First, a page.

Fit Kits: A Few Take-Aways From A Feasibility Study
Families face many challenges when working to get a healthy meal on the table. Time, energy, and expense are a few that come to mind. As a dietitian in the Center for Better Health and Nutrition, I’m always looking for new ways to help our patients and community accomplish that goal.
That’s how the idea for “Fit Kits” came to be. A local school-based clinic called our HealthWorks! program to help provide intensive nutrition and exercise counseling. 44% of its students seen in the clinic are overweight or obese, but with the student population hovering around 800, we didn’t have enough time or resources to get to every kid.
Therefore, I wondered if it would be feasible to send both edible and educational materials home with students, and eventually received a grant to make it happen. We wanted to reach the whole school and do prevention, not just kids who are already diagnosed as overweight or obese. We also wanted this approach to help the whole family, as healthy habits are typically more successful when entire families are involved.
Dubbed “Fit Kits,” they include shelf-stable foods, recipes, a portioned plate, and a jump rope or beach ball with game ideas included. The educational materials sent home throughout the year covered topics such as tips for smart snacking; limiting sugary drinks; the importance of whole grains and fiber; samples of healthy breakfasts; tips to sleep better; limiting screen time; and exercise guidelines. Essentially, the tools to get started on the path to better health.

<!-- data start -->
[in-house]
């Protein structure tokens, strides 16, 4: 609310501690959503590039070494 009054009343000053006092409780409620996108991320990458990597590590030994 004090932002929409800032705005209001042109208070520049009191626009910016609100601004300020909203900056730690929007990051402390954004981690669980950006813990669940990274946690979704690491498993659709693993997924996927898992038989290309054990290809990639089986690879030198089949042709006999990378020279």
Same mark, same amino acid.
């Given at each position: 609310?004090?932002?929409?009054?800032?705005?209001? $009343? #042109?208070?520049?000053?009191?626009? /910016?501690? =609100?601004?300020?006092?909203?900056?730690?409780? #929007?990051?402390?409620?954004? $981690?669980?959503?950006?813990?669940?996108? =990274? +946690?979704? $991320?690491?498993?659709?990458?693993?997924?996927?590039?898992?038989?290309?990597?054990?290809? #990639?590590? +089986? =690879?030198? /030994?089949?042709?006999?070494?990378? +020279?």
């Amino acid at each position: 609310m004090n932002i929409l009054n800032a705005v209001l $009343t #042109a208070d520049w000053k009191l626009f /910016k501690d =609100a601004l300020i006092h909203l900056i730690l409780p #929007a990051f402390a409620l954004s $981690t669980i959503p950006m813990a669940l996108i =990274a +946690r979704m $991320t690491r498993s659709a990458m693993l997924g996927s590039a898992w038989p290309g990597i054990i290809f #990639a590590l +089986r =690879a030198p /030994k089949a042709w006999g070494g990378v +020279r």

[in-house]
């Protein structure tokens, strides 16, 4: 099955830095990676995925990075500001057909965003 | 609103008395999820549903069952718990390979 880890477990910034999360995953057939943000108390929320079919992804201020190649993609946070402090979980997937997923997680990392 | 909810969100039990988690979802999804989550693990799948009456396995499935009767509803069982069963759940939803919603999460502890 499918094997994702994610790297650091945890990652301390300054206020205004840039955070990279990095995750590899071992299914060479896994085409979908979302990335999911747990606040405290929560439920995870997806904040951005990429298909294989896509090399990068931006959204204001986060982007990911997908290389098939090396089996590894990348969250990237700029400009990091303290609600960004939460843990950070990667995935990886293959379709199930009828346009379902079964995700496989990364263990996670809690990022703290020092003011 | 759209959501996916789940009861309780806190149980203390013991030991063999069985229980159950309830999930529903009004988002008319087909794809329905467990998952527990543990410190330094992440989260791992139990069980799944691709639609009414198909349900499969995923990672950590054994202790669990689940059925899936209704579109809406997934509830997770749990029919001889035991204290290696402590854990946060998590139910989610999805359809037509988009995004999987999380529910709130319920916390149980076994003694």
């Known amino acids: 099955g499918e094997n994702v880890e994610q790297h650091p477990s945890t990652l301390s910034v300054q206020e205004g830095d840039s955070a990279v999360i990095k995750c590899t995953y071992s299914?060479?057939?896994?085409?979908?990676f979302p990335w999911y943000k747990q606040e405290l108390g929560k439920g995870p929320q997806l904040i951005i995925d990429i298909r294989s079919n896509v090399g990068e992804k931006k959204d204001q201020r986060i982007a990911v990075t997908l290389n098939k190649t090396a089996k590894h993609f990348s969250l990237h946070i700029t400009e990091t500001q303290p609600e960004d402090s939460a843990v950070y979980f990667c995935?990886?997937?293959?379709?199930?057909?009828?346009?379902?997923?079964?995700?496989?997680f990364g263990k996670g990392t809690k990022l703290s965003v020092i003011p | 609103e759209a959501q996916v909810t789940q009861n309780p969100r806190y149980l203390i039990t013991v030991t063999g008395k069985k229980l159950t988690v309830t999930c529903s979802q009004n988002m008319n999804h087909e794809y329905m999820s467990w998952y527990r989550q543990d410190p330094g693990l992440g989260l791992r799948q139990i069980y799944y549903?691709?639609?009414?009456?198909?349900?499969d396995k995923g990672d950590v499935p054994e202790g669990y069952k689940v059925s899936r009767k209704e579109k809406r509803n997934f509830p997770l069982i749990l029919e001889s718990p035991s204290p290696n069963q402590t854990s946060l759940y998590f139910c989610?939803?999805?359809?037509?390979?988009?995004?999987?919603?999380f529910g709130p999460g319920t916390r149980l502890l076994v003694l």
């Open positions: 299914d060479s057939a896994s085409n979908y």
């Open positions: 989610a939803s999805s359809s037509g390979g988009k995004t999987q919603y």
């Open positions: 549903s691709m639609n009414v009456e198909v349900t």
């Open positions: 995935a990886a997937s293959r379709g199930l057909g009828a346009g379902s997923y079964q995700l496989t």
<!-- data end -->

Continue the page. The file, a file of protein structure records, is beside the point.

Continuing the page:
I thought it might be helpful to share some take-away points from the “fit kit” program that could help other families. With September being childhood obesity awareness month, I think these points are important to remember. Families are busier than ever, and meals don’t need to be expensive and labor-intensive to be healthy.
A Few Take-Aways from the Fit Kit Program
Utilize portioned plates
They can be very helpful for families to understand how much of what type of food they should be eating. Fruits and veggies are half of the plate. Smaller portions for meats and grains.
Meal planning can help
Do your grocery shopping for the entire week and plan out each night’s meal. I realize this is easier said than done, but once you’re in the routine, it will make a huge difference!
Shelf-stable foods can be healthy, too
Fresh, frozen and canned fruits and vegetables – drained and rinsed – are all nutrient-rich choices. An example of one of our fit kits included whole wheat pasta with tomato sauce, canned chicken, green beans and pineapple.
Healthy meals don’t have to be super expensive
The meal listed above costs around $9 at our local grocery, and will feed a family of four.
While our main goal was to see if this type of intervention was feasible, we do hope that it ultimately helped to change some of their behaviors. Families reported using the tangible tools provided and were very thankful for the food sent home. We will be expanding this program to other schools in the 2018-2019 school year.